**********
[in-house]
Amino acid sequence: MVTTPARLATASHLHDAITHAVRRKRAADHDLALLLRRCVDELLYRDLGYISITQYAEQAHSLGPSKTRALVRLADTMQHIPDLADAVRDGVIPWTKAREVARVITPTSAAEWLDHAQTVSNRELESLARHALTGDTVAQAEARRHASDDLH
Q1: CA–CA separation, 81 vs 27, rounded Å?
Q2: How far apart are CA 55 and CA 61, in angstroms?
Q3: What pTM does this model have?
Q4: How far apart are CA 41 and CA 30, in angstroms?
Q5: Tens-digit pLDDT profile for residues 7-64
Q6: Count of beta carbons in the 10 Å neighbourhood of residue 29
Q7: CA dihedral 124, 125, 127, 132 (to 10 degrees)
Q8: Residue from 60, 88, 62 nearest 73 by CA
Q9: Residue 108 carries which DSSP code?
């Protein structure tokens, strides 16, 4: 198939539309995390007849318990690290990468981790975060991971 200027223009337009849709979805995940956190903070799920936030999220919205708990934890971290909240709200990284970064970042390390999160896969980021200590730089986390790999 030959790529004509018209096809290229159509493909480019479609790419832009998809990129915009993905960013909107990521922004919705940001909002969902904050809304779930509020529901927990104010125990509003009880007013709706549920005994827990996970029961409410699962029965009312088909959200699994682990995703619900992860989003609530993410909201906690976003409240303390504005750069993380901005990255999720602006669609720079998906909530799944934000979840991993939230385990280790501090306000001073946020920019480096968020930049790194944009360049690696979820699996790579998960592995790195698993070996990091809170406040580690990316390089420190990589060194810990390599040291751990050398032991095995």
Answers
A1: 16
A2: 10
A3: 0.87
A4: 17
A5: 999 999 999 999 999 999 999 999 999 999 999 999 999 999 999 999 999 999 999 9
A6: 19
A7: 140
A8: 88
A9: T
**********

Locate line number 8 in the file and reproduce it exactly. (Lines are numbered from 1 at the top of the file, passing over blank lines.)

Q6: Count of beta carbons in the 10 Å neighbourhood of residue 29